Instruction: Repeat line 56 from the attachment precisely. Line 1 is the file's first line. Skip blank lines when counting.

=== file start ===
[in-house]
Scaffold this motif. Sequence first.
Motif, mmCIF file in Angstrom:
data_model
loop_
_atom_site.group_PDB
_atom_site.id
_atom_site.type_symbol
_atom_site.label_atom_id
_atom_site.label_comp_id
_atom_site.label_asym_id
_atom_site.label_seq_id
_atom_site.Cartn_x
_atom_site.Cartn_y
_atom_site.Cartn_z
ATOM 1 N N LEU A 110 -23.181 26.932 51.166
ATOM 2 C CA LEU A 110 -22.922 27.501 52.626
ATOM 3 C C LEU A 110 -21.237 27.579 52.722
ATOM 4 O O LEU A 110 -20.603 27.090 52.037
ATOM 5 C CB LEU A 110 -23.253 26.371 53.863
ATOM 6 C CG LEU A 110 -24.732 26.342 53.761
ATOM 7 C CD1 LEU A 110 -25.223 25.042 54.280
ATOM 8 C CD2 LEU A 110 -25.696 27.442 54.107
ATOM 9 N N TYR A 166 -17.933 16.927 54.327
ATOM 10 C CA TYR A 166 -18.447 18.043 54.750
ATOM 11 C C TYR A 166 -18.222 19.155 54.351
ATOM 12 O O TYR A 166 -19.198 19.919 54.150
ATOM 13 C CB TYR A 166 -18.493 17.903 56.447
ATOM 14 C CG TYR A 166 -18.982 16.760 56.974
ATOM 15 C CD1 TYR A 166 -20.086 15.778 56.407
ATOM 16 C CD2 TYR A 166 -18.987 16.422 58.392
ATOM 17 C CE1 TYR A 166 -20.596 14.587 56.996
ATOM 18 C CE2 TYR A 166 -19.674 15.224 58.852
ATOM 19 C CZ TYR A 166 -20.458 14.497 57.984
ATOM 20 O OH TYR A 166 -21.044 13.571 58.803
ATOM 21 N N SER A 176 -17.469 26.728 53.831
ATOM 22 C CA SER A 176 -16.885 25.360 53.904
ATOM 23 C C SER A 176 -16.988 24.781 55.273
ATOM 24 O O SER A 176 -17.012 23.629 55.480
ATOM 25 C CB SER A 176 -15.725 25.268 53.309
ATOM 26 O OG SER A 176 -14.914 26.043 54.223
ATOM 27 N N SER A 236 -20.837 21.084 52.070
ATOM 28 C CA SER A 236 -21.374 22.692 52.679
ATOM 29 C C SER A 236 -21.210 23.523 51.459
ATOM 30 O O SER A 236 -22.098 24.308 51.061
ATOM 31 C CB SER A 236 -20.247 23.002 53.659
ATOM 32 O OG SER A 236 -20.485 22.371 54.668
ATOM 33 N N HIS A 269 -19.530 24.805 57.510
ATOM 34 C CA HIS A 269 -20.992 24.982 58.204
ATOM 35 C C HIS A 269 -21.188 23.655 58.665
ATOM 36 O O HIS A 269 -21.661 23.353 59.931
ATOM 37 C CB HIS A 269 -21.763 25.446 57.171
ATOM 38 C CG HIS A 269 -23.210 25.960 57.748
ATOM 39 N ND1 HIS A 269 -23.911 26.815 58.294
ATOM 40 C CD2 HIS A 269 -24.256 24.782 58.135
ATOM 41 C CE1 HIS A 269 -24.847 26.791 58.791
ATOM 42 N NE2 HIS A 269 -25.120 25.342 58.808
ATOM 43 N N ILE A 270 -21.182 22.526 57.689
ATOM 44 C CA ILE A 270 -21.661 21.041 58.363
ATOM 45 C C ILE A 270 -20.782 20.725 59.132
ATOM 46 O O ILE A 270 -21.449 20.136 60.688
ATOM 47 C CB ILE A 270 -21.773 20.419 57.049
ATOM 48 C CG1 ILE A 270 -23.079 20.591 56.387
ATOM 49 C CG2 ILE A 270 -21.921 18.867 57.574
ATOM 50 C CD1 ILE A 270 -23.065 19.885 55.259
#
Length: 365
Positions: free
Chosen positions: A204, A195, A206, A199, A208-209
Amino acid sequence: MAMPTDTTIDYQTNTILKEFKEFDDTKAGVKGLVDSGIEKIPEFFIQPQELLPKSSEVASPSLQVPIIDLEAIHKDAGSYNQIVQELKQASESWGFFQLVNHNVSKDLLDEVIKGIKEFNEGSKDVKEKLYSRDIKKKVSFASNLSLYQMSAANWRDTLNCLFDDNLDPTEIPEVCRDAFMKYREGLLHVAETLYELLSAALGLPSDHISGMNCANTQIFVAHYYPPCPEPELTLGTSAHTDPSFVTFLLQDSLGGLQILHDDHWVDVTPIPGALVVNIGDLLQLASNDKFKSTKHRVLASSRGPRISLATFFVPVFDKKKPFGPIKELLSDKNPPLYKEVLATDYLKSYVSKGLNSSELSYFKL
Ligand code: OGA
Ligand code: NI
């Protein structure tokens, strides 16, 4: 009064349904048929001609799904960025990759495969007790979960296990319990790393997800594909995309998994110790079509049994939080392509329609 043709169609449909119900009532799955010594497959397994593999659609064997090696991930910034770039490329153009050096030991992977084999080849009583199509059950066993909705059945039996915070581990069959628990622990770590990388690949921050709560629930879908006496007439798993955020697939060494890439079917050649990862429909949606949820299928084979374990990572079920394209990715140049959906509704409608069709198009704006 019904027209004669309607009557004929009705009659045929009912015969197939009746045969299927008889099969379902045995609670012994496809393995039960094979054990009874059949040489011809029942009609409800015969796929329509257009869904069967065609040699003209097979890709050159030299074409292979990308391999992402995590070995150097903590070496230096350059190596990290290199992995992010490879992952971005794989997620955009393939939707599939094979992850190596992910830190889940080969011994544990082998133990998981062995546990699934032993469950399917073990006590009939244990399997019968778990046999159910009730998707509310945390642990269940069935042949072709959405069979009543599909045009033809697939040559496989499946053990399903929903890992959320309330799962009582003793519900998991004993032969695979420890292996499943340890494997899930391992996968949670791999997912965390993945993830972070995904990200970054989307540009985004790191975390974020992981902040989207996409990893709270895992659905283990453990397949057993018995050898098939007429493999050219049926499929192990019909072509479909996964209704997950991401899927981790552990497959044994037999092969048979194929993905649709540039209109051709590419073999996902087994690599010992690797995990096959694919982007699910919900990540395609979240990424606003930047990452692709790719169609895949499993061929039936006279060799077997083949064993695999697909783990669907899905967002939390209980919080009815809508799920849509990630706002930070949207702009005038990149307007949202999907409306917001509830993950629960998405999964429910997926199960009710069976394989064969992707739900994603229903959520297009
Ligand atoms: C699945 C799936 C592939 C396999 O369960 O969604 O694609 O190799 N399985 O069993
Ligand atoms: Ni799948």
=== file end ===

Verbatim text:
ATOM 41 C CE1 HIS A 269 -24.847 26.791 58.791